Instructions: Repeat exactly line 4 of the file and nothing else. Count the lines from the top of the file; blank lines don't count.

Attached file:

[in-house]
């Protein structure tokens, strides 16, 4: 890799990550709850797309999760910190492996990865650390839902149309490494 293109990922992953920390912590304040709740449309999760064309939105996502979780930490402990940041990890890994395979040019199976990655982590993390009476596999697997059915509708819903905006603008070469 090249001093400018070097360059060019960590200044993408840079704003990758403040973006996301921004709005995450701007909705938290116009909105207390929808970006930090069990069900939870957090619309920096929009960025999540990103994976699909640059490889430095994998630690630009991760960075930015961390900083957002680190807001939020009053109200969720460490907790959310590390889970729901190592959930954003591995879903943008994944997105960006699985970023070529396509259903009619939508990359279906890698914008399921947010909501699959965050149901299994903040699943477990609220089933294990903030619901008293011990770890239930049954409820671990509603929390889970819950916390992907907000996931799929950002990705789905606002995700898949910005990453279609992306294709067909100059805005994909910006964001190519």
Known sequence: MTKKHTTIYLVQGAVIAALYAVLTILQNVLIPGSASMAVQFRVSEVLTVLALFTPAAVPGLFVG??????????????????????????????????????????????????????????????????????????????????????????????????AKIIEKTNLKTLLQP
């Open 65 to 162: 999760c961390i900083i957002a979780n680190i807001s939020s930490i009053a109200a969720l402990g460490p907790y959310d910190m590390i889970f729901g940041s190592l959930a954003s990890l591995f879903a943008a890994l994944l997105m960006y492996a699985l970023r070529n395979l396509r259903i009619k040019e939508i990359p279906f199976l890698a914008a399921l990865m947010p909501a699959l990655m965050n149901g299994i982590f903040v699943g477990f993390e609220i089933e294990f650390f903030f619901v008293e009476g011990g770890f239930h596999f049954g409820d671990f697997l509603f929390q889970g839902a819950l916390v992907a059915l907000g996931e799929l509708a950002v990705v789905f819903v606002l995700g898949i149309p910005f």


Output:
């Open 65 to 162: 999760c961390i900083i957002a979780n680190i807001s939020s930490i009053a109200a969720l402990g460490p907790y959310d910190m590390i889970f729901g940041s190592l959930a954003s990890l591995f879903a943008a890994l994944l997105m960006y492996a699985l970023r070529n395979l396509r259903i009619k040019e939508i990359p279906f199976l890698a914008a399921l990865m947010p909501a699959l990655m965050n149901g299994i982590f903040v699943g477990f993390e609220i089933e294990f650390f903030f619901v008293e009476g011990g770890f239930h596999f049954g409820d671990f697997l509603f929390q889970g839902a819950l916390v992907a059915l907000g996931e799929l509708a950002v990705v789905f819903v606002l995700g898949i149309p910005f």